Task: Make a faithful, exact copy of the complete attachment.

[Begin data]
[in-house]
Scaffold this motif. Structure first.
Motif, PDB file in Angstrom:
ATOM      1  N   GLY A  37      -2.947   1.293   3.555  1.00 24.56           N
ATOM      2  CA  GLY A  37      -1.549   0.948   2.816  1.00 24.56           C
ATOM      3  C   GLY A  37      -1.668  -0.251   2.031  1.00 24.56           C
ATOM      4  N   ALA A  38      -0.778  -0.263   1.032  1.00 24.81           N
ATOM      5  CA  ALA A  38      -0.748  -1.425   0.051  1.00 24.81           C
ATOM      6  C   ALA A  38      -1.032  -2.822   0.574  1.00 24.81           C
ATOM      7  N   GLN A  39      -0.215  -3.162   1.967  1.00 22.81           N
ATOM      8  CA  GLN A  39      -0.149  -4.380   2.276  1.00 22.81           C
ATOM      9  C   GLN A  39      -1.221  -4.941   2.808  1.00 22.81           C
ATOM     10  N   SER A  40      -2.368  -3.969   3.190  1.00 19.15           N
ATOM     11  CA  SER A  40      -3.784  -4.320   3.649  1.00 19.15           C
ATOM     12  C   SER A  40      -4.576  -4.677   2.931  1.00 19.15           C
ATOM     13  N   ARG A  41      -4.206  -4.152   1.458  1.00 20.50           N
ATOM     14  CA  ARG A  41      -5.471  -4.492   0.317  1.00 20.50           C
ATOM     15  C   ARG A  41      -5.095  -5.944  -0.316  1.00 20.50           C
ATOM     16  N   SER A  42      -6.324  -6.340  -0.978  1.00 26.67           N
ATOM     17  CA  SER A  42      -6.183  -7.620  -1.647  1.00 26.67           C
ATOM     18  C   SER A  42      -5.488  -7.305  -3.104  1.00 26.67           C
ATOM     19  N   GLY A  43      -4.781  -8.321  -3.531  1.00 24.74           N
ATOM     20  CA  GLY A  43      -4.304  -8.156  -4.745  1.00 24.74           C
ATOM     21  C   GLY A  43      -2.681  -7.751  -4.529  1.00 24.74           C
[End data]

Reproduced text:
[in-house]
Scaffold this motif. Structure first.
Motif, PDB file in Angstrom:
ATOM      1  N   GLY A  37      -2.947   1.293   3.555  1.00 24.56           N
ATOM      2  CA  GLY A  37      -1.549   0.948   2.816  1.00 24.56           C
ATOM      3  C   GLY A  37      -1.668  -0.251   2.031  1.00 24.56           C
ATOM      4  N   ALA A  38      -0.778  -0.263   1.032  1.00 24.81           N
ATOM      5  CA  ALA A  38      -0.748  -1.425   0.051  1.00 24.81           C
ATOM      6  C   ALA A  38      -1.032  -2.822   0.574  1.00 24.81           C
ATOM      7  N   GLN A  39      -0.215  -3.162   1.967  1.00 22.81           N
ATOM      8  CA  GLN A  39      -0.149  -4.380   2.276  1.00 22.81           C
ATOM      9  C   GLN A  39      -1.221  -4.941   2.808  1.00 22.81           C
ATOM     10  N   SER A  40      -2.368  -3.969   3.190  1.00 19.15           N
ATOM     11  CA  SER A  40      -3.784  -4.320   3.649  1.00 19.15           C
ATOM     12  C   SER A  40      -4.576  -4.677   2.931  1.00 19.15           C
ATOM     13  N   ARG A  41      -4.206  -4.152   1.458  1.00 20.50           N
ATOM     14  CA  ARG A  41      -5.471  -4.492   0.317  1.00 20.50           C
ATOM     15  C   ARG A  41      -5.095  -5.944  -0.316  1.00 20.50           C
ATOM     16  N   SER A  42      -6.324  -6.340  -0.978  1.00 26.67           N
ATOM     17  CA  SER A  42      -6.183  -7.620  -1.647  1.00 26.67           C
ATOM     18  C   SER A  42      -5.488  -7.305  -3.104  1.00 26.67           C
ATOM     19  N   GLY A  43      -4.781  -8.321  -3.531  1.00 24.74           N
ATOM     20  CA  GLY A  43      -4.304  -8.156  -4.745  1.00 24.74           C
ATOM     21  C   GLY A  43      -2.681  -7.751  -4.529  1.00 24.74           C